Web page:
To advance economic and workforce development:

  • Create a position for a special coordinator to organize information, partnerships and events related to economic and workforce development opportunities and training. This position could create an inventory and map of such opportunities.
  • Foster stronger library partnerships with the Nevada County arts community, Sierra College, the Sierra Business Council, 2-1-1 Connecting Point, CalWorks Employment Services, local makerspaces and innovation hubs.
  • Explore ways to empower young creatives to innovate in the community so they do not feel the need to leave for larger cities with more technology and arts opportunities. Retaining this talent will help to drive quality of life and a healthy economy.
  • Use Friends of the Library organizations more effectively to tap volunteers with experience to share via library-based workforce development programs, such as teaching technical and soft job skills.

To promote community health and wellness: 

  • Survey county residents annually, inside and outside the library, about access to health and wellness information. Information learned would allow the library to tailor programs to information gaps that exist (for example, nutrition and exercise, substance abuse, Autism or Alzheimer’s information, women’s health).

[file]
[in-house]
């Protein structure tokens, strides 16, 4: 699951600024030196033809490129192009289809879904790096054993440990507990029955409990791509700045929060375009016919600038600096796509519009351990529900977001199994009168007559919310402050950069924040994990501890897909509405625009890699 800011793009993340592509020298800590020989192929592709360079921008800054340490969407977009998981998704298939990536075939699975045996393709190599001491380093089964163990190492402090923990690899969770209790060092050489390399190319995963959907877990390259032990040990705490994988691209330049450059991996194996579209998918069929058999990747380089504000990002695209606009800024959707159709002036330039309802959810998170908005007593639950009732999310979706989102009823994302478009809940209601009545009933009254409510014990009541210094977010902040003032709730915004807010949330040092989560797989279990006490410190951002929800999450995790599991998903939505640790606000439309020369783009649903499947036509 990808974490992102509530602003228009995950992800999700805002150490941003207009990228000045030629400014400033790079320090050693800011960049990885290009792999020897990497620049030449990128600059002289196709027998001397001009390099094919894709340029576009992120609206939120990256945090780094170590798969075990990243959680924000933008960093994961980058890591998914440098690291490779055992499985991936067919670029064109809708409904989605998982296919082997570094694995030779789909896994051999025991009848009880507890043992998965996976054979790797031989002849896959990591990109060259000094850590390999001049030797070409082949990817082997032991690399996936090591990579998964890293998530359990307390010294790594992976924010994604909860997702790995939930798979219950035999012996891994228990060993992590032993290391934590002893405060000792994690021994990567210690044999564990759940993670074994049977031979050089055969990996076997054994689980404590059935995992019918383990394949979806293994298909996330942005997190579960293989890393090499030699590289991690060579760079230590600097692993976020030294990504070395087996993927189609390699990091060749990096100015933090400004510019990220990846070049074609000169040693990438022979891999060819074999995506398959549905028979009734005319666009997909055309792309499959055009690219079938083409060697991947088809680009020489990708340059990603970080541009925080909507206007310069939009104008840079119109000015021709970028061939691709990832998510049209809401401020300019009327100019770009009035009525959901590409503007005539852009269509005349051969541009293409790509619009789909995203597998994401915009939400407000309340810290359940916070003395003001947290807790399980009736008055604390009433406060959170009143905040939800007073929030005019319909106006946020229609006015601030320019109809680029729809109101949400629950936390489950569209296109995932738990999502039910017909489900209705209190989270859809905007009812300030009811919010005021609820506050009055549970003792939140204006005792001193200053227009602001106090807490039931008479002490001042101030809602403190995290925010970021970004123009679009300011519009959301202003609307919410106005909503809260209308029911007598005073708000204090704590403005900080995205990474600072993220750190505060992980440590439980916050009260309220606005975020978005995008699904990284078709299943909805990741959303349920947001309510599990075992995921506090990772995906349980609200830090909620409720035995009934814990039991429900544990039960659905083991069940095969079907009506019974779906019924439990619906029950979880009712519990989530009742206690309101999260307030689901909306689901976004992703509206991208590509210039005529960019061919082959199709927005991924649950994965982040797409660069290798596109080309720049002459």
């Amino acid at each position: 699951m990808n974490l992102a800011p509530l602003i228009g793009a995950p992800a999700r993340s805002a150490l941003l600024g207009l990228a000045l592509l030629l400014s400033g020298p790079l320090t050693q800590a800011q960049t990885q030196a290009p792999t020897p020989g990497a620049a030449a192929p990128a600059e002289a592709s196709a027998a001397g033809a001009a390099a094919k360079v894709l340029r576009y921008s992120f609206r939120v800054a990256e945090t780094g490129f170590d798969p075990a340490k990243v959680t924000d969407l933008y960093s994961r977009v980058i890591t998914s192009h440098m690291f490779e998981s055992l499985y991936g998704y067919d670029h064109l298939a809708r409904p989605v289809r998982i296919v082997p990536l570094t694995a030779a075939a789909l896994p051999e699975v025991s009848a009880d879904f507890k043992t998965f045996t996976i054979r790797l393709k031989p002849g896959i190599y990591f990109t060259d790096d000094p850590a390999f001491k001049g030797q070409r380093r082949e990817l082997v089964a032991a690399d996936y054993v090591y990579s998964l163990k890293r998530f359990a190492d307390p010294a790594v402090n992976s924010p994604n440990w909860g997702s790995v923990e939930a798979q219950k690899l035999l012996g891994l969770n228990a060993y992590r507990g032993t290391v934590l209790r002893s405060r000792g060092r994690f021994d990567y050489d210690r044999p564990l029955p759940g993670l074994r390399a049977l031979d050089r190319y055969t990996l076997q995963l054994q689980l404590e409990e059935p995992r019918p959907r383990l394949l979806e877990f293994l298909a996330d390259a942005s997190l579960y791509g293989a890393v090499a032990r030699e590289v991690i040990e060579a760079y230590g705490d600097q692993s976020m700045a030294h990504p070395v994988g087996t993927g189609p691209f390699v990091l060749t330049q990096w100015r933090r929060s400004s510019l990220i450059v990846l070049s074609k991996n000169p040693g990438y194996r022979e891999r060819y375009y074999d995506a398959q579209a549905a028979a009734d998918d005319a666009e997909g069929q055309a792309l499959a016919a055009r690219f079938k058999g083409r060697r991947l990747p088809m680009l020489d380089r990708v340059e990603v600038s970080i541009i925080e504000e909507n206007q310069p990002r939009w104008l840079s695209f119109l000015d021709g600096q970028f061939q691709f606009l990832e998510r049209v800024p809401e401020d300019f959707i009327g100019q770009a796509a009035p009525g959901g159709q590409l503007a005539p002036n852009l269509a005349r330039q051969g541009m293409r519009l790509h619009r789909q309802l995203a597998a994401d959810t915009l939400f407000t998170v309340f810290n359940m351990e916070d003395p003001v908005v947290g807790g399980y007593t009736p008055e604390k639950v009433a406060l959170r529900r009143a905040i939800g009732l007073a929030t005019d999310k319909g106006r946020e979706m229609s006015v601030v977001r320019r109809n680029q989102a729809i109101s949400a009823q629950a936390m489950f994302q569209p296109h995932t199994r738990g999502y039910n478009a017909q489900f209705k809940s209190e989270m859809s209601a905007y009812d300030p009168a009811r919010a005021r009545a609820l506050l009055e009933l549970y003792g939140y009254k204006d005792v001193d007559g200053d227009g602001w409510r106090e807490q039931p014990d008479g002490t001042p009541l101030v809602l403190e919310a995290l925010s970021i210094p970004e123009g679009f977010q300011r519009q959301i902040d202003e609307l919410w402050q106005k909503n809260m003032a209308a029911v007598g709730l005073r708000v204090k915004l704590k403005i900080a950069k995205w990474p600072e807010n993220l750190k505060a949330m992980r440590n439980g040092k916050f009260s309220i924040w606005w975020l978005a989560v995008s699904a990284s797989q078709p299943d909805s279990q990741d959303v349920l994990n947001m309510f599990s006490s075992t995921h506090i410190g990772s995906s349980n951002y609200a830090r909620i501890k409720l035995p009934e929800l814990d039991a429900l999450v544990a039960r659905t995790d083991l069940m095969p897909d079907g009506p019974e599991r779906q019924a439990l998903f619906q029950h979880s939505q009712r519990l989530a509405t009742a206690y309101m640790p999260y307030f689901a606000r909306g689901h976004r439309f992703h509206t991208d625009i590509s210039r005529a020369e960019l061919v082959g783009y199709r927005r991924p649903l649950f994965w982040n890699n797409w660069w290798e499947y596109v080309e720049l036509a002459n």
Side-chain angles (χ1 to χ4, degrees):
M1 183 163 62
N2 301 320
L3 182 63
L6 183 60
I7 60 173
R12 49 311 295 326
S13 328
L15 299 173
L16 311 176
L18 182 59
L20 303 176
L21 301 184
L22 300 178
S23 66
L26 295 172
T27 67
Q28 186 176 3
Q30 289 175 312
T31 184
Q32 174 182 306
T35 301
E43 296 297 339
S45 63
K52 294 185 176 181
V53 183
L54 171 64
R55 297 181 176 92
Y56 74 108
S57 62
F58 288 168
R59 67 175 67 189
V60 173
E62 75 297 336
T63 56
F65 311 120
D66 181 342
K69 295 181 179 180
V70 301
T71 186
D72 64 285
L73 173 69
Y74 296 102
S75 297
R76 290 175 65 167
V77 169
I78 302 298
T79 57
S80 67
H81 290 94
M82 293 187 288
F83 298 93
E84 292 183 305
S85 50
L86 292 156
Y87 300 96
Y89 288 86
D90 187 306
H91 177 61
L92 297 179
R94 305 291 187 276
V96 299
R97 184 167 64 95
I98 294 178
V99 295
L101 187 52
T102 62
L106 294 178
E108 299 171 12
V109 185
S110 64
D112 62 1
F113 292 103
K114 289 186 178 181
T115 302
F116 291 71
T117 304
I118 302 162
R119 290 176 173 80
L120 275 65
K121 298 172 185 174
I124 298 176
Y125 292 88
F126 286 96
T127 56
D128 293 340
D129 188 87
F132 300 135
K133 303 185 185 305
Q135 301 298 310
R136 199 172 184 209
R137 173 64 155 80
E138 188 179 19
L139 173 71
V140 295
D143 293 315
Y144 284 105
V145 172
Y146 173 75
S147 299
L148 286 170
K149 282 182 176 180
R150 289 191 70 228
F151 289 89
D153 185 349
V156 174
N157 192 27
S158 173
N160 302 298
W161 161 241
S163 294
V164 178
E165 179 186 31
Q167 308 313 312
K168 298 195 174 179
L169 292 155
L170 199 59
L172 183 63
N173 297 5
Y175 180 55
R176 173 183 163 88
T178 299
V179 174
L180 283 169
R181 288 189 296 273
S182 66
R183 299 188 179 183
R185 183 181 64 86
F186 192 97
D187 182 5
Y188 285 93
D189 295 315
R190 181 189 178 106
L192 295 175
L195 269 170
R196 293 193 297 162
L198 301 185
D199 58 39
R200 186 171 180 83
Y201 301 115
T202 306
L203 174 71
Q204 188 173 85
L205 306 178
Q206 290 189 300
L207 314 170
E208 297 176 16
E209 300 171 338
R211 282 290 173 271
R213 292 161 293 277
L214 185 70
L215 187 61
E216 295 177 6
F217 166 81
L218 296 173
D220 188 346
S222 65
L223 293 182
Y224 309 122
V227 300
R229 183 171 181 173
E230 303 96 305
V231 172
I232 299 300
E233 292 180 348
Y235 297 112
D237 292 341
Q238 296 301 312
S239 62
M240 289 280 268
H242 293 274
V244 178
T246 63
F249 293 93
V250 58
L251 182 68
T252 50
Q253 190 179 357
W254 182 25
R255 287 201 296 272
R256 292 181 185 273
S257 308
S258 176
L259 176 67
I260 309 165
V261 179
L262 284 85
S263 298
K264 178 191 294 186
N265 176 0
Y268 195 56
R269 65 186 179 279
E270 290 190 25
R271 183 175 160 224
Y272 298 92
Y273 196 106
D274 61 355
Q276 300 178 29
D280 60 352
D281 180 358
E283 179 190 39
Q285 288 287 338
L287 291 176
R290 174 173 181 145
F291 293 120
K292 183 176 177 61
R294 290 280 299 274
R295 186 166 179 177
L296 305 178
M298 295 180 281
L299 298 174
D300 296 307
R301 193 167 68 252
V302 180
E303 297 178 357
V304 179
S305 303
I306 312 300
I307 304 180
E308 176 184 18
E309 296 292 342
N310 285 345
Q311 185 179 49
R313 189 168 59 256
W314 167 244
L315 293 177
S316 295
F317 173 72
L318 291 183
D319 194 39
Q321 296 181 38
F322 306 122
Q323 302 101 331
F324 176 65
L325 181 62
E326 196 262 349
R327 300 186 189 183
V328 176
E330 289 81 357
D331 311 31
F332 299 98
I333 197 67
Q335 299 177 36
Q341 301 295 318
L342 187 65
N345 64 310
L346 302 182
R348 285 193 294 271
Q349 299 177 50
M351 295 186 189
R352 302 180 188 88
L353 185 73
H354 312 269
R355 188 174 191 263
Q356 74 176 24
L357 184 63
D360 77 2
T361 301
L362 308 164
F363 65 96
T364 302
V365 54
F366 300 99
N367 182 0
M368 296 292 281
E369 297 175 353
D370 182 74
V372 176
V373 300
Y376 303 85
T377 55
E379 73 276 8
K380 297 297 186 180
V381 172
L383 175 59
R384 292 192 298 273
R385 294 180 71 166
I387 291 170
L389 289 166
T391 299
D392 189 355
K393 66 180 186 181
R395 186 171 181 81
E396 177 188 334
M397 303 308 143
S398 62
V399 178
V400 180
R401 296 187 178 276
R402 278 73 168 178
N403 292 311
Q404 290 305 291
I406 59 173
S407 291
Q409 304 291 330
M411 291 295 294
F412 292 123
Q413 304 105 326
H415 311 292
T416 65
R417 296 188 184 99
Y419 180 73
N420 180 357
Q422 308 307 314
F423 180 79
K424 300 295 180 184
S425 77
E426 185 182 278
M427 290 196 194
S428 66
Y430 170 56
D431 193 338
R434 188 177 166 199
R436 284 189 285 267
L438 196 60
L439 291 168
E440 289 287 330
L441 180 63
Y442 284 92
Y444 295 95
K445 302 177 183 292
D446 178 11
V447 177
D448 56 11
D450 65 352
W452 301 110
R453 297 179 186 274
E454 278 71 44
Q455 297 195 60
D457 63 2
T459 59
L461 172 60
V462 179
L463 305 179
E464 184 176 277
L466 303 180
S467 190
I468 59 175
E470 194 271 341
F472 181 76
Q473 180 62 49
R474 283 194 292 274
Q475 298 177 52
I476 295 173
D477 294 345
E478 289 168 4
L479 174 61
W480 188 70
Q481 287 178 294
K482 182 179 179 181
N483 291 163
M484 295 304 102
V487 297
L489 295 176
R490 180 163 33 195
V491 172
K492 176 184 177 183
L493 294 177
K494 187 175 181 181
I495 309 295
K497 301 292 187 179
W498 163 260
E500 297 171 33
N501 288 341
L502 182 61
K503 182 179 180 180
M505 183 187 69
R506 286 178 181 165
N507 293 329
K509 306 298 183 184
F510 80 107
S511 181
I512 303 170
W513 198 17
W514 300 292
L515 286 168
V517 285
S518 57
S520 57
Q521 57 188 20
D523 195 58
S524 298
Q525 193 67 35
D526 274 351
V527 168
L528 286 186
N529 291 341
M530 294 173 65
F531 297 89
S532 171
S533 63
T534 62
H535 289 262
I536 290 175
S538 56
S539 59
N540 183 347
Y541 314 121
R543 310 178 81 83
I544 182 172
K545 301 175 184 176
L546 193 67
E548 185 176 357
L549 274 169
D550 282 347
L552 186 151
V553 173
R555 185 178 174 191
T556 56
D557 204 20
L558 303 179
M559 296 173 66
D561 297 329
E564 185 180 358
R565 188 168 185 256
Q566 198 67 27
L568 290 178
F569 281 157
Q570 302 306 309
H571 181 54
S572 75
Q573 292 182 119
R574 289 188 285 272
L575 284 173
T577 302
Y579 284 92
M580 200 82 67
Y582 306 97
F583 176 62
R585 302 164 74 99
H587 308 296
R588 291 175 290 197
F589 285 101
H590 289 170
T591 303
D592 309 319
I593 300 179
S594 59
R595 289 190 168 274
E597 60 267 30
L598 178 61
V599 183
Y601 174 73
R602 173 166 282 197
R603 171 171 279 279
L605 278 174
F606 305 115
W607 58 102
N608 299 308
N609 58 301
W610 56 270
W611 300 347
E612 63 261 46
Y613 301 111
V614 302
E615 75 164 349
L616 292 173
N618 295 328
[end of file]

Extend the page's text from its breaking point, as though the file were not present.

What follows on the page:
• Leverage the library as a trusted place by providing space for health professionals (doctors, nurses, other health workers) to provide important health information to the community on a regular basis, perhaps rotating through the library’s branch locations.
  • Address emotional well-being by inviting community groups without a gathering place to gather at the library for library “takeovers.” This could include youth, LGBTQIA residents, or groups formed around communities of interest.

To learn more about the issues and opportunities discussed in Nevada County, download and read the report.